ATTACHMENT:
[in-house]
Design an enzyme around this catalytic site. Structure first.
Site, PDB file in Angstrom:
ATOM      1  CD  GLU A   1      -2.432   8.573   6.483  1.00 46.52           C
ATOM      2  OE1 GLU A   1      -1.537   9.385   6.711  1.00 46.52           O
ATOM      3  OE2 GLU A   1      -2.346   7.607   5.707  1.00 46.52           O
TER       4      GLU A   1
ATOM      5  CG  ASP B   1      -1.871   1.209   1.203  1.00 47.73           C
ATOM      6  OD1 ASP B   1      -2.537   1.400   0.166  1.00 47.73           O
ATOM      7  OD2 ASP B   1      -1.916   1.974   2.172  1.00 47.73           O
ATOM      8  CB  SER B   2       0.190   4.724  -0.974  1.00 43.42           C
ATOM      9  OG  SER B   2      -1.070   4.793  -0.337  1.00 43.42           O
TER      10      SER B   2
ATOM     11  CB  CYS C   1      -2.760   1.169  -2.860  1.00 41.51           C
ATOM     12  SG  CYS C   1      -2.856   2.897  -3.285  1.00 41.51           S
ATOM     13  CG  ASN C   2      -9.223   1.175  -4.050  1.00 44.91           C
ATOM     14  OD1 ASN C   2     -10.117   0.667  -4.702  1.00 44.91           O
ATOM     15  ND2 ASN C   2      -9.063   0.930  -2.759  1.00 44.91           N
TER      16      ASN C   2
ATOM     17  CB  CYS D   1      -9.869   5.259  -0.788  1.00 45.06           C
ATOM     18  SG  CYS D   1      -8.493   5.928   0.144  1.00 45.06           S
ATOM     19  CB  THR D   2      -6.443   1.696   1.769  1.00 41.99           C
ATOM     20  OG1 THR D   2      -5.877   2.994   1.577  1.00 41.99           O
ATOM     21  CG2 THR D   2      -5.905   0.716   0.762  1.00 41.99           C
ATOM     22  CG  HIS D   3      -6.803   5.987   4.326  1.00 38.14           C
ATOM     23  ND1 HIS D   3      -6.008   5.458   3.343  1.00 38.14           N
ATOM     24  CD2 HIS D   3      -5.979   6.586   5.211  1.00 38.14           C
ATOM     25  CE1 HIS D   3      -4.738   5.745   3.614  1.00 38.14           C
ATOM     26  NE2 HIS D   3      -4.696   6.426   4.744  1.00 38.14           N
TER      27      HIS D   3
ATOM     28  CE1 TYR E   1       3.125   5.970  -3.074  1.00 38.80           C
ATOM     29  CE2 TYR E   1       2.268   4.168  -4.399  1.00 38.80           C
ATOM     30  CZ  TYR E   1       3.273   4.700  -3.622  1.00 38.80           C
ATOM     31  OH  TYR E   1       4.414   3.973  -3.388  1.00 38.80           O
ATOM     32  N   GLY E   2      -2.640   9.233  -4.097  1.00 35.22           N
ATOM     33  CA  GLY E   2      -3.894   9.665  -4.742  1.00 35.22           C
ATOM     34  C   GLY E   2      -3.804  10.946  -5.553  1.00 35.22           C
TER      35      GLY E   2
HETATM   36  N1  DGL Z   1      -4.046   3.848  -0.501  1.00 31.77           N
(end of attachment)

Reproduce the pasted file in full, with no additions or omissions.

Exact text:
[in-house]
Design an enzyme around this catalytic site. Structure first.
Site, PDB file in Angstrom:
ATOM      1  CD  GLU A   1      -2.432   8.573   6.483  1.00 46.52           C
ATOM      2  OE1 GLU A   1      -1.537   9.385   6.711  1.00 46.52           O
ATOM      3  OE2 GLU A   1      -2.346   7.607   5.707  1.00 46.52           O
TER       4      GLU A   1
ATOM      5  CG  ASP B   1      -1.871   1.209   1.203  1.00 47.73           C
ATOM      6  OD1 ASP B   1      -2.537   1.400   0.166  1.00 47.73           O
ATOM      7  OD2 ASP B   1      -1.916   1.974   2.172  1.00 47.73           O
ATOM      8  CB  SER B   2       0.190   4.724  -0.974  1.00 43.42           C
ATOM      9  OG  SER B   2      -1.070   4.793  -0.337  1.00 43.42           O
TER      10      SER B   2
ATOM     11  CB  CYS C   1      -2.760   1.169  -2.860  1.00 41.51           C
ATOM     12  SG  CYS C   1      -2.856   2.897  -3.285  1.00 41.51           S
ATOM     13  CG  ASN C   2      -9.223   1.175  -4.050  1.00 44.91           C
ATOM     14  OD1 ASN C   2     -10.117   0.667  -4.702  1.00 44.91           O
ATOM     15  ND2 ASN C   2      -9.063   0.930  -2.759  1.00 44.91           N
TER      16      ASN C   2
ATOM     17  CB  CYS D   1      -9.869   5.259  -0.788  1.00 45.06           C
ATOM     18  SG  CYS D   1      -8.493   5.928   0.144  1.00 45.06           S
ATOM     19  CB  THR D   2      -6.443   1.696   1.769  1.00 41.99           C
ATOM     20  OG1 THR D   2      -5.877   2.994   1.577  1.00 41.99           O
ATOM     21  CG2 THR D   2      -5.905   0.716   0.762  1.00 41.99           C
ATOM     22  CG  HIS D   3      -6.803   5.987   4.326  1.00 38.14           C
ATOM     23  ND1 HIS D   3      -6.008   5.458   3.343  1.00 38.14           N
ATOM     24  CD2 HIS D   3      -5.979   6.586   5.211  1.00 38.14           C
ATOM     25  CE1 HIS D   3      -4.738   5.745   3.614  1.00 38.14           C
ATOM     26  NE2 HIS D   3      -4.696   6.426   4.744  1.00 38.14           N
TER      27      HIS D   3
ATOM     28  CE1 TYR E   1       3.125   5.970  -3.074  1.00 38.80           C
ATOM     29  CE2 TYR E   1       2.268   4.168  -4.399  1.00 38.80           C
ATOM     30  CZ  TYR E   1       3.273   4.700  -3.622  1.00 38.80           C
ATOM     31  OH  TYR E   1       4.414   3.973  -3.388  1.00 38.80           O
ATOM     32  N   GLY E   2      -2.640   9.233  -4.097  1.00 35.22           N
ATOM     33  CA  GLY E   2      -3.894   9.665  -4.742  1.00 35.22           C
ATOM     34  C   GLY E   2      -3.804  10.946  -5.553  1.00 35.22           C
TER      35      GLY E   2
HETATM   36  N1  DGL Z   1      -4.046   3.848  -0.501  1.00 31.77           N